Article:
The ER-lumenal domain of PERK, IRE1α, and ATF6 interacts with the ER chaperone GRP78, however upon accumulation of unfolded proteins GRP78 dissociates from these molecules, leading to their activation [17]. Although ATF6, PERK, and IRE1α share functionally similar luminal sensing domains and are activated in cells treated with ER stress inducers in vitro, they are selectively activated in vivo by the physiological stress of unfolded proteins [17],[18]. These differences may explain the different kinetics in the activation of IRE1α, PERK, and ATF6 in response to various ER stress inducers. However, the differences in terms of tissue-specific regulation of the UPR in vivo may be explained by the formation of unique protein complexes through association of adaptor and modulator proteins. It has been proposed that a complex protein platform, known as the UPRosome [24],[25], operates at the ER membrane to control IRE1α activity. Our results identify Hsp72 as a new component of this UPRosome where binding of Hsp72 to IRE1α enhances IRE1α-XBP1 signaling at the ER and inhibits ER stress-induced apoptosis. Our results suggest that Hsp72 can bind to the monomeric and nonphosphorylated cytoplasmic tail of IRE1α. Furthermore the interaction of Hsp72 and IRE1α is not affected by ER stress mediated phosphorylation and oligomerization of IRE1α. What is the molecular mechanism by which Hsp72 stimulates the RNase activity of IRE1α? There are several possibilities by which Hsp72 might regulate RNase activity of IRE1α. Hsp72 may regulate IRE1α either by allosteric interactions or by altering the binding of other regulatory proteins (BAX, BAK, BI-1, AIP1, and RACK) to IRE1α. Our results showing that recombinant Hsp72 can enhance the RNase activity of purified IRE1α in in vitro conditions suggest an allosteric mechanism (Figure 5G). However it is possible that in a cellular context other mechanisms such as altering the binding of other regulatory proteins (BAX, BAK, BI-1, AIP1, and RACK) to IRE1α are also involved. Previous reports and our data collectively support a model in which a fine balance of anti- and pro-apoptotic proteins at the ER membrane modulates the amplitude of IRE1α signaling, thereby regulating the cellular sensitivity to ER stress conditions.

Materials and Methods

Cell Culture and Treatment

Rat pheochromocytoma PC12 cells (obtained from ECACC) were cultured in Dulbecco's modified Eagle's medium (DMEM) from Sigma (D6429) supplemented with 10% heat inactivated horse serum, 5% foetal bovine serum, and 1% penicillin/streptomycin (Sigma) at 37°C, 5% CO2 in humidified incubator. Appropriate number of cells was seeded 24 h prior to treatment. To induce apoptosis, cells were treated with 0.25 µM thapsigargin, 2 µg/ml tunicamycin, 150 nM staurosporine, or 25 µg/ml etoposide for the indicated time periods. Stock solutions of 6-Hydroxydopamine were made freshly in sodium metabisulfite (1 M) prior to experiment. PC12 cells were treated with 200 µM 6-OHDA for 24 h before analysis. All reagents were from Sigma-Aldrich unless otherwise stated.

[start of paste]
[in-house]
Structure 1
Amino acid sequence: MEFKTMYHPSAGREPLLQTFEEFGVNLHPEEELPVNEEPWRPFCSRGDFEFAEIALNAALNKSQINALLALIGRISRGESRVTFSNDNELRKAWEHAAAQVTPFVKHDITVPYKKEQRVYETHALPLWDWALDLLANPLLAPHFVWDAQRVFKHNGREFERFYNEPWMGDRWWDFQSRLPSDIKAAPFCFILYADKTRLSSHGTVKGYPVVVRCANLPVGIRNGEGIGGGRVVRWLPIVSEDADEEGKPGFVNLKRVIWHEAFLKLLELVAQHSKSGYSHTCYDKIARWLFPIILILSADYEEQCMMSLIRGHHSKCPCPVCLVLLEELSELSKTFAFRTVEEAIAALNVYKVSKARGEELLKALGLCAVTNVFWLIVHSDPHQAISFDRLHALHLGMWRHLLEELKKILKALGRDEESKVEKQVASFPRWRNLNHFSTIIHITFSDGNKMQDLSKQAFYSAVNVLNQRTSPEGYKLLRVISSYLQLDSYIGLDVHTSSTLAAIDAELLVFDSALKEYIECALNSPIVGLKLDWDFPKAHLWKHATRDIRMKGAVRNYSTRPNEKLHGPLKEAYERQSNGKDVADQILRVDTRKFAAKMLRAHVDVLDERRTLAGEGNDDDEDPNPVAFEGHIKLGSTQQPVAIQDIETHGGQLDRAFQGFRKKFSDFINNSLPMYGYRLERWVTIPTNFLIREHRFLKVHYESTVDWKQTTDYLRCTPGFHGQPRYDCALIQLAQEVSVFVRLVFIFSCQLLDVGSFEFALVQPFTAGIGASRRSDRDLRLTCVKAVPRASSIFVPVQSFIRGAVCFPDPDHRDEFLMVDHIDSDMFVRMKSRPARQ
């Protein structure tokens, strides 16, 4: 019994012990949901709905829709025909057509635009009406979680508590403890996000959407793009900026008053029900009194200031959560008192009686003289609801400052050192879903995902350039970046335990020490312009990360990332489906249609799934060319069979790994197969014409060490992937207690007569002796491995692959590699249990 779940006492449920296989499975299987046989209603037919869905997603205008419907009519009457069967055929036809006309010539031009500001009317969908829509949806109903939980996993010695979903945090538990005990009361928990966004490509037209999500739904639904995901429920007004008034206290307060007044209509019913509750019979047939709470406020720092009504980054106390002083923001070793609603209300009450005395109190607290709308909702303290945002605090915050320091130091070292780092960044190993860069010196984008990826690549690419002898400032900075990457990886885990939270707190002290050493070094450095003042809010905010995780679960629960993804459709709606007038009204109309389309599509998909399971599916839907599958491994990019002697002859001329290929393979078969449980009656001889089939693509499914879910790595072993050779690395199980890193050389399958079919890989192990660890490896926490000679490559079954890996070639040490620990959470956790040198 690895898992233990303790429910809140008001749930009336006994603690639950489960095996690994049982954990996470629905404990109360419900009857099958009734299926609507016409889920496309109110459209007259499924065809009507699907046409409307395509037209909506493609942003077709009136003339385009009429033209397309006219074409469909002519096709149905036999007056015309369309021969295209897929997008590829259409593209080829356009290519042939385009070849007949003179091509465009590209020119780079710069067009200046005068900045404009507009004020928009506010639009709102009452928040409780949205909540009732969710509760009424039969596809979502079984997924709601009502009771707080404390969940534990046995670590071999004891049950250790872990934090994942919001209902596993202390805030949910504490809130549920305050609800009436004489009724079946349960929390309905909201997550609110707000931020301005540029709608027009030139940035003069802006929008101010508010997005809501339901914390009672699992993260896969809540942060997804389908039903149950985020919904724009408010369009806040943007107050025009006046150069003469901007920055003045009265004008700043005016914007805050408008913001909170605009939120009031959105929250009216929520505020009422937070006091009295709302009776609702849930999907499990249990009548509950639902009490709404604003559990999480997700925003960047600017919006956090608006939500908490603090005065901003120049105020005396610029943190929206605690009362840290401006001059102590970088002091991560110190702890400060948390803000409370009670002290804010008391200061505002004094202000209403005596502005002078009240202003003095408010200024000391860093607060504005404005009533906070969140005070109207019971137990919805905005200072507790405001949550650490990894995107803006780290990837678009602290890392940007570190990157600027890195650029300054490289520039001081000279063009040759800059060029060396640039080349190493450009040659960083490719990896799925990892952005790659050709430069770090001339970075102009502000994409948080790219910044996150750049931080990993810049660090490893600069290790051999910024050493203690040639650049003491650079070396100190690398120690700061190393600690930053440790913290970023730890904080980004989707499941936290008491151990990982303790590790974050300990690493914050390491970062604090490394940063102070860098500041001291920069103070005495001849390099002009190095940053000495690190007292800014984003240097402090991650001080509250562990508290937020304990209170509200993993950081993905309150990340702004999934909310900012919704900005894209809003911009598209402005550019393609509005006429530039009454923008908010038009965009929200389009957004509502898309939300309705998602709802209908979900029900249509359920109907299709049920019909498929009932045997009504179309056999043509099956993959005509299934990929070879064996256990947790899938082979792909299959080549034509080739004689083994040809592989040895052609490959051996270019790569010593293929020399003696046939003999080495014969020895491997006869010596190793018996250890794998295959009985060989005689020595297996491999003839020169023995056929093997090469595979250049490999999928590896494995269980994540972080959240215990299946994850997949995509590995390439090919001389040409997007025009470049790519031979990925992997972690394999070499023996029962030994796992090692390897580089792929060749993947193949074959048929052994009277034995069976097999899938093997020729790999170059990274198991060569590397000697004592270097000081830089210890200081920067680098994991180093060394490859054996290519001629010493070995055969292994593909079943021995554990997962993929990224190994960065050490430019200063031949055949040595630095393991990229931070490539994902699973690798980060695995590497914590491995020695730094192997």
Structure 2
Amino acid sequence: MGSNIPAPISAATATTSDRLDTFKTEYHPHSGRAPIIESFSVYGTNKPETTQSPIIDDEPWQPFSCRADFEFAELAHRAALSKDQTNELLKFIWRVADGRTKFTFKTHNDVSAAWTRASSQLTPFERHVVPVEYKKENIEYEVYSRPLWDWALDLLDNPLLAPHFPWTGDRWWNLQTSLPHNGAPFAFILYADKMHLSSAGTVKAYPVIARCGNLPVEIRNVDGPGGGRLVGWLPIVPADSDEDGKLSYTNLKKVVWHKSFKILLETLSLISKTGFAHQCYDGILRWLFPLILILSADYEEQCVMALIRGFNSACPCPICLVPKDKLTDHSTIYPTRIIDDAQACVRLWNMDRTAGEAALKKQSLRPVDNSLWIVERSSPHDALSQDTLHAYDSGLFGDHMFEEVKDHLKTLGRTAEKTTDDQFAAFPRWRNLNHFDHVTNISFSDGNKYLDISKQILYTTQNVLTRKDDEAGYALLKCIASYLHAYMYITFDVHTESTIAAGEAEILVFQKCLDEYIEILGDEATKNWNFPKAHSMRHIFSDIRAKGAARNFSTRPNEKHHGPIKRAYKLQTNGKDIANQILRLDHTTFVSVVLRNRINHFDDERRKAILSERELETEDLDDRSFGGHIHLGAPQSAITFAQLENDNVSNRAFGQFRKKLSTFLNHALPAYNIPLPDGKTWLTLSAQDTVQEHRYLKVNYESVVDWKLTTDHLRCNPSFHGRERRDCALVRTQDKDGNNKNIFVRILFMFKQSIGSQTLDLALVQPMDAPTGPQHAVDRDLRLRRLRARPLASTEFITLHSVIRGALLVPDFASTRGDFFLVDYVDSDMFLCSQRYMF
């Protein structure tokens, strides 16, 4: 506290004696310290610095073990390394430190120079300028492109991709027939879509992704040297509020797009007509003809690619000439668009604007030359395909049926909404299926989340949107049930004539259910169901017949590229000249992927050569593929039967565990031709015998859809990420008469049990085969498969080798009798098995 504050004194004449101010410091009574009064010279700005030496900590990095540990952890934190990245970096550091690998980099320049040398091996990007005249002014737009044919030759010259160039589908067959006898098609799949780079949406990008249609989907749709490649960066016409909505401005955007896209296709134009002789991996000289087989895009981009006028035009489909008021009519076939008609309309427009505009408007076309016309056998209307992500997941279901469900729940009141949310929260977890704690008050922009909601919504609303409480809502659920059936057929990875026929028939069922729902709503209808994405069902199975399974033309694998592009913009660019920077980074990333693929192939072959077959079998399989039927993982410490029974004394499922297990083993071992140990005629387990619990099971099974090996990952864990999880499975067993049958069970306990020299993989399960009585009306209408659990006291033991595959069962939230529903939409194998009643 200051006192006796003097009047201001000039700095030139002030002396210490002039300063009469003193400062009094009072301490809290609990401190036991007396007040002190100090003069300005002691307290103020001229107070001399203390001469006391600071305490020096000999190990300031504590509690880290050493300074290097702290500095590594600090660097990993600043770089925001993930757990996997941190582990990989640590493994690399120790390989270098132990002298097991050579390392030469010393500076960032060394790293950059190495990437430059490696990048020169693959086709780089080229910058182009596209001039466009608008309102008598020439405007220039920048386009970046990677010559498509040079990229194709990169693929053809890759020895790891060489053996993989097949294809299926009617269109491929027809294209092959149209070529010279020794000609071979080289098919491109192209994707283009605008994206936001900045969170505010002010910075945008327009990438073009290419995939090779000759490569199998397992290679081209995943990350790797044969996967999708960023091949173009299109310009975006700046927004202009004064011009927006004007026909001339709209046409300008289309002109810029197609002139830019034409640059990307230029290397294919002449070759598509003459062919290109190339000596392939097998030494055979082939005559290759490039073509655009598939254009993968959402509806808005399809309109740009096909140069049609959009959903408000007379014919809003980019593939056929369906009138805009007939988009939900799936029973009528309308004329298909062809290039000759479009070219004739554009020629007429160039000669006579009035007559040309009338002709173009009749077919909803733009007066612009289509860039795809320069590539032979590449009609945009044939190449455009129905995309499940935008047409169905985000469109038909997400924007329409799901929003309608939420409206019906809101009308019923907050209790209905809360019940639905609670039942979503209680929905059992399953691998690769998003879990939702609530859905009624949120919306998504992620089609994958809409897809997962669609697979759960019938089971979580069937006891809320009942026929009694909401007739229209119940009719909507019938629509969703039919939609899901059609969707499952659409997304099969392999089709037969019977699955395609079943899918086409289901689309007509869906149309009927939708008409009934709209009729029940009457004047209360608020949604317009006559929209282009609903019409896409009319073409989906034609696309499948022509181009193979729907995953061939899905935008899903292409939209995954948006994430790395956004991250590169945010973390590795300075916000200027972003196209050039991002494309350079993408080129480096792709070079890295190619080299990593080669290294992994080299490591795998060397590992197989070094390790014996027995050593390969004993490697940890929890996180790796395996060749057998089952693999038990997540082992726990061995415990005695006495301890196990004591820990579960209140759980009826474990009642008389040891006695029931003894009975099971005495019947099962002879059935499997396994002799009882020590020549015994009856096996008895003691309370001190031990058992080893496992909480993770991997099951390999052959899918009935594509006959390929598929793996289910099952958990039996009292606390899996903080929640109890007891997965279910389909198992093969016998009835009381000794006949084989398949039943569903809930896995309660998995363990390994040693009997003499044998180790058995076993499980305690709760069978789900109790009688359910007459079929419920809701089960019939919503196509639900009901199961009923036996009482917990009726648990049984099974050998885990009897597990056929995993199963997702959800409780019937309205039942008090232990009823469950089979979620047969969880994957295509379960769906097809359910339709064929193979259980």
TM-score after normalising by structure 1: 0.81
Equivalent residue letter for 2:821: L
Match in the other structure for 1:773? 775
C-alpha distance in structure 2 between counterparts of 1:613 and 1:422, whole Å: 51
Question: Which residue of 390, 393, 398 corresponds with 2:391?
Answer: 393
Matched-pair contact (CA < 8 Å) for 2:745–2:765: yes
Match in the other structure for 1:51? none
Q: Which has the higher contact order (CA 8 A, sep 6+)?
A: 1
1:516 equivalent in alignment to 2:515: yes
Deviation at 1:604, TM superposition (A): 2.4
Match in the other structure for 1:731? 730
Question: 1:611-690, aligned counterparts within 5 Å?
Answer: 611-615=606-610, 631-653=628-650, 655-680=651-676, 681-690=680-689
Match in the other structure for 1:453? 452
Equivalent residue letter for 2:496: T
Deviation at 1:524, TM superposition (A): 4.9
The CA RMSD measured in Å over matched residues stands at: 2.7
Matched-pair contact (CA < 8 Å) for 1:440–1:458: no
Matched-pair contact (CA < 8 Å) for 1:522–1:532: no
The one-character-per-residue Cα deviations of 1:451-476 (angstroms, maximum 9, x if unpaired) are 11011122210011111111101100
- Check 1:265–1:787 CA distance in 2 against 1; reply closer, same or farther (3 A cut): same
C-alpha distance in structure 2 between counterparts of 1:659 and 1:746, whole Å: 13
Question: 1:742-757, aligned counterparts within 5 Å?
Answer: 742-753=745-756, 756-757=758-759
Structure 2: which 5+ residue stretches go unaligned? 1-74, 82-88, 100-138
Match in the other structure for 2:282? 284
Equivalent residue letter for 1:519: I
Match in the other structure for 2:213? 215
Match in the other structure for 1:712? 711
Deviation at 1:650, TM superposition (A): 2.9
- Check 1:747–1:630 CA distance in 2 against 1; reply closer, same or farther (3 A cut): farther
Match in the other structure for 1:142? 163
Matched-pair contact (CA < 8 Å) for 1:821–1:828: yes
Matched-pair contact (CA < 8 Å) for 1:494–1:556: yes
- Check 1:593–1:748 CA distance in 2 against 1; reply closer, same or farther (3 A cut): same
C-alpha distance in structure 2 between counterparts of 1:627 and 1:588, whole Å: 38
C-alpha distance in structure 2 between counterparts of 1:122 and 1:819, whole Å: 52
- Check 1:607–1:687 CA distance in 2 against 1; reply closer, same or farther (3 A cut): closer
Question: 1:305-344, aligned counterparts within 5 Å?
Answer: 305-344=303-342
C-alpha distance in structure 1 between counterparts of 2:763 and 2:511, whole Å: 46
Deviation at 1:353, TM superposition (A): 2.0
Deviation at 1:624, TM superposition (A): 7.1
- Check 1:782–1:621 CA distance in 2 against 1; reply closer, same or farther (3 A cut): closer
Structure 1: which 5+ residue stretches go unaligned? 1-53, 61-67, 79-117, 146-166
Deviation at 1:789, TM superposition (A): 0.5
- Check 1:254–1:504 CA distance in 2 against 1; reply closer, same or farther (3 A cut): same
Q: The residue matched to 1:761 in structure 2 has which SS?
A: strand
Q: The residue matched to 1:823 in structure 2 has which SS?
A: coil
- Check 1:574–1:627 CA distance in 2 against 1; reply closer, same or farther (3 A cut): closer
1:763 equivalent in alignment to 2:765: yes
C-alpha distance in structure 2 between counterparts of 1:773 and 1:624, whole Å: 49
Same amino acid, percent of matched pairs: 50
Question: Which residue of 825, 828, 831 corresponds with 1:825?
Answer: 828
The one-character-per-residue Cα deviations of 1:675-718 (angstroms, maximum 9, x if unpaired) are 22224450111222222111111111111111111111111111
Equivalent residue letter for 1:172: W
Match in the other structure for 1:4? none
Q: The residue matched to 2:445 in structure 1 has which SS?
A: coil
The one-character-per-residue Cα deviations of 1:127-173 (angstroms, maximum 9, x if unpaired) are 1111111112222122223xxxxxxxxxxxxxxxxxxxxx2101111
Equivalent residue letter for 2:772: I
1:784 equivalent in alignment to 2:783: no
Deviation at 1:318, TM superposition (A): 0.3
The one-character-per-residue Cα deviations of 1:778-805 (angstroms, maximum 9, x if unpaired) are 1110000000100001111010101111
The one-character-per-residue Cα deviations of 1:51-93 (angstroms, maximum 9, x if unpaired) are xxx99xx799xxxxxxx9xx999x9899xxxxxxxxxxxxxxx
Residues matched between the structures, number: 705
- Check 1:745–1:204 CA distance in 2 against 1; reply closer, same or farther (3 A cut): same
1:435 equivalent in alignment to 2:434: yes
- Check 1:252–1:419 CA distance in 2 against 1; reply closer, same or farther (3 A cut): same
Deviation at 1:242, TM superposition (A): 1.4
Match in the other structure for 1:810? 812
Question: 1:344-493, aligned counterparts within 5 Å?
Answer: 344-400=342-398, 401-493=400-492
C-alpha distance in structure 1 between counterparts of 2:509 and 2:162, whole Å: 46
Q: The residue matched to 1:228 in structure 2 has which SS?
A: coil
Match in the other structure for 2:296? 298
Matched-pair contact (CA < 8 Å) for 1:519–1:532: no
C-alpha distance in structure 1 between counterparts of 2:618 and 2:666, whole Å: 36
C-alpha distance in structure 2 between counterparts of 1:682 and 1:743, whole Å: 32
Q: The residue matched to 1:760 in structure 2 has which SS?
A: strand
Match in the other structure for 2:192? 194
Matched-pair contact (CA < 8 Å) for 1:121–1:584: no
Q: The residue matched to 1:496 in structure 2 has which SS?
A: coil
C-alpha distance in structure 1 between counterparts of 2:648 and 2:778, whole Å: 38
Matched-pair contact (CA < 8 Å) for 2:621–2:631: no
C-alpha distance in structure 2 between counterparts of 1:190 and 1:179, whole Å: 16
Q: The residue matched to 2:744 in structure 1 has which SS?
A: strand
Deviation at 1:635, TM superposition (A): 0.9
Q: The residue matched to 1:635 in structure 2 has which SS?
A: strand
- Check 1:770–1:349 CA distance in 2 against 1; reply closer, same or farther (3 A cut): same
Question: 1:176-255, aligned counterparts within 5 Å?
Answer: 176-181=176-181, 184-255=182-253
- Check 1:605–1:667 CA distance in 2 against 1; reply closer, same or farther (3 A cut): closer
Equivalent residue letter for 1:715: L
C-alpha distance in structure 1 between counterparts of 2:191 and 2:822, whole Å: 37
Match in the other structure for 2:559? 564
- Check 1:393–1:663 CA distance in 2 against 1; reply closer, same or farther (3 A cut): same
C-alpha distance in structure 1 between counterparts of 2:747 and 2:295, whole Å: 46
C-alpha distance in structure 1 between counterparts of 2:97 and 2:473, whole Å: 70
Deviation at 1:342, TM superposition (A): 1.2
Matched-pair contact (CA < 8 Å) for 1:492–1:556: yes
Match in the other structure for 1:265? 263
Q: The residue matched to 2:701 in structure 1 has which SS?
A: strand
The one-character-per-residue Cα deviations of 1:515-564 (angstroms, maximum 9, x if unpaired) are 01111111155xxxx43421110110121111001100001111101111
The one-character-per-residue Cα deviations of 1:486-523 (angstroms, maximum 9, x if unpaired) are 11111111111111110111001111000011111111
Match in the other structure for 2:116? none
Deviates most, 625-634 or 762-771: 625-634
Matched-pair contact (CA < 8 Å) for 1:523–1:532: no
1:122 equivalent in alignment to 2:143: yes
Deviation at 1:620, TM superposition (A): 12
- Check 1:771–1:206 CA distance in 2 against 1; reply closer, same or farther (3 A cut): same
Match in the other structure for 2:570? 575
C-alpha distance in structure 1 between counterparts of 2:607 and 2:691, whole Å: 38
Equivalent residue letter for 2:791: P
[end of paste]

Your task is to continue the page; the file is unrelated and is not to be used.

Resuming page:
Plasmids and Transfection

The plasmid expressing wild type Hsp72, ΔATPase-Hsp72, or ΔEEVD-Hsp72 under the CMV promoter were kind gifts from Dr. Tomomi Gotoh, Kumamoto University, Japan [10]. The expression vector for wild type IRE1α, IRE1α KA, IRE1α ΔC, and IRE1α ΔRNase under the CMV promoter were kind gifts from Dr. Kazunori Imaizumi, University of Miyazaki, Japan [65] and expression plasmids for wild type IRE1α-HA or IRE1α ΔC-HA are reported previously [28]. The plasmids containing shRNAs targeting rat XBP1 were obtained from GeneCopoeia, Rockville, USA (RSH045024-HIV U6). Transfections of cells were carried out using Lipofectamine 2000 (Invitrogen) according to the manufacturer's protocol.

Cell Viability Assay

Viability of cells after treatment was analyzed by MTT assay. After 48 h of treatment, 1 mg/ml concentration of MTT ((3-(4, 5-dimethylthiazol-2-yl)-2, 5-diphenyl tetrazonium bromide) was added to the wells and incubated at 37°C for 3 h. The reaction was stopped with a stop mix containing 20% SDS in 40% dimethyl formamide. The color intensity is measured at 550 nm and percentage cell viability is calculated using the untreated samples as 100%.

Annexin V Staining